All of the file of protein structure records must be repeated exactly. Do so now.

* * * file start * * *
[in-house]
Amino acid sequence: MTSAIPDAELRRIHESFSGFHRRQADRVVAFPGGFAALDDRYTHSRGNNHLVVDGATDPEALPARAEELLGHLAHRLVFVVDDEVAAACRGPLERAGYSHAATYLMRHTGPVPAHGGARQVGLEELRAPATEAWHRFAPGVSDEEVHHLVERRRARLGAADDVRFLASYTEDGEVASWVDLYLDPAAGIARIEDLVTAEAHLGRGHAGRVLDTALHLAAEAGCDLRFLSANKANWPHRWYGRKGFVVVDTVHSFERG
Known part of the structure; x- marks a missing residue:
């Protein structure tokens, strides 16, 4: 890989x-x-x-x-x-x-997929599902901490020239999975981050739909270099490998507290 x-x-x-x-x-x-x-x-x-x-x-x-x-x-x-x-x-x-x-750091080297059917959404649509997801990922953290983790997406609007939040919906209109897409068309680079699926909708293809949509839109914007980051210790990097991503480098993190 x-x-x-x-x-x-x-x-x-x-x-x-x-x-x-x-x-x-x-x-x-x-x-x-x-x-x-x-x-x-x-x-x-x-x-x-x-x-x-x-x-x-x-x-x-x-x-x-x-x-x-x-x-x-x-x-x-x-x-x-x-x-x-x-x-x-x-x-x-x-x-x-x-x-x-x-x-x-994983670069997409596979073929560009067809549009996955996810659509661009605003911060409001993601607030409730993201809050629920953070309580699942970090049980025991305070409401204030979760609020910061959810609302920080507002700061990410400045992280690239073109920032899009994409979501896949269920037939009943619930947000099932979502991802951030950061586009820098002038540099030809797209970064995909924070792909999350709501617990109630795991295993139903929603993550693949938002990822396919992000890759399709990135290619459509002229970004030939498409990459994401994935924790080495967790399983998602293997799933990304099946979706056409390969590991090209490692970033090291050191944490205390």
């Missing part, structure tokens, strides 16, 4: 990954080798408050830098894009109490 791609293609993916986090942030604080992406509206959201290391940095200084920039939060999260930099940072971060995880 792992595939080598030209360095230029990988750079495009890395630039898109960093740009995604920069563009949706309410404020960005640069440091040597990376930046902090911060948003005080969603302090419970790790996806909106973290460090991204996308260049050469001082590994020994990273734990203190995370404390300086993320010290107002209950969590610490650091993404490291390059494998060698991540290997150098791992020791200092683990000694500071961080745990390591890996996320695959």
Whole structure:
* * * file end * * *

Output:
[in-house]
Amino acid sequence: MTSAIPDAELRRIHESFSGFHRRQADRVVAFPGGFAALDDRYTHSRGNNHLVVDGATDPEALPARAEELLGHLAHRLVFVVDDEVAAACRGPLERAGYSHAATYLMRHTGPVPAHGGARQVGLEELRAPATEAWHRFAPGVSDEEVHHLVERRRARLGAADDVRFLASYTEDGEVASWVDLYLDPAAGIARIEDLVTAEAHLGRGHAGRVLDTALHLAAEAGCDLRFLSANKANWPHRWYGRKGFVVVDTVHSFERG
Known part of the structure; x- marks a missing residue:
């Protein structure tokens, strides 16, 4: 890989x-x-x-x-x-x-997929599902901490020239999975981050739909270099490998507290 x-x-x-x-x-x-x-x-x-x-x-x-x-x-x-x-x-x-x-750091080297059917959404649509997801990922953290983790997406609007939040919906209109897409068309680079699926909708293809949509839109914007980051210790990097991503480098993190 x-x-x-x-x-x-x-x-x-x-x-x-x-x-x-x-x-x-x-x-x-x-x-x-x-x-x-x-x-x-x-x-x-x-x-x-x-x-x-x-x-x-x-x-x-x-x-x-x-x-x-x-x-x-x-x-x-x-x-x-x-x-x-x-x-x-x-x-x-x-x-x-x-x-x-x-x-x-994983670069997409596979073929560009067809549009996955996810659509661009605003911060409001993601607030409730993201809050629920953070309580699942970090049980025991305070409401204030979760609020910061959810609302920080507002700061990410400045992280690239073109920032899009994409979501896949269920037939009943619930947000099932979502991802951030950061586009820098002038540099030809797209970064995909924070792909999350709501617990109630795991295993139903929603993550693949938002990822396919992000890759399709990135290619459509002229970004030939498409990459994401994935924790080495967790399983998602293997799933990304099946979706056409390969590991090209490692970033090291050191944490205390």
């Missing part, structure tokens, strides 16, 4: 990954080798408050830098894009109490 791609293609993916986090942030604080992406509206959201290391940095200084920039939060999260930099940072971060995880 792992595939080598030209360095230029990988750079495009890395630039898109960093740009995604920069563009949706309410404020960005640069440091040597990376930046902090911060948003005080969603302090419970790790996806909106973290460090991204996308260049050469001082590994020994990273734990203190995370404390300086993320010290107002209950969590610490650091993404490291390059494998060698991540290997150098791992020791200092683990000694500071961080745990390591890996996320695959």
Whole structure: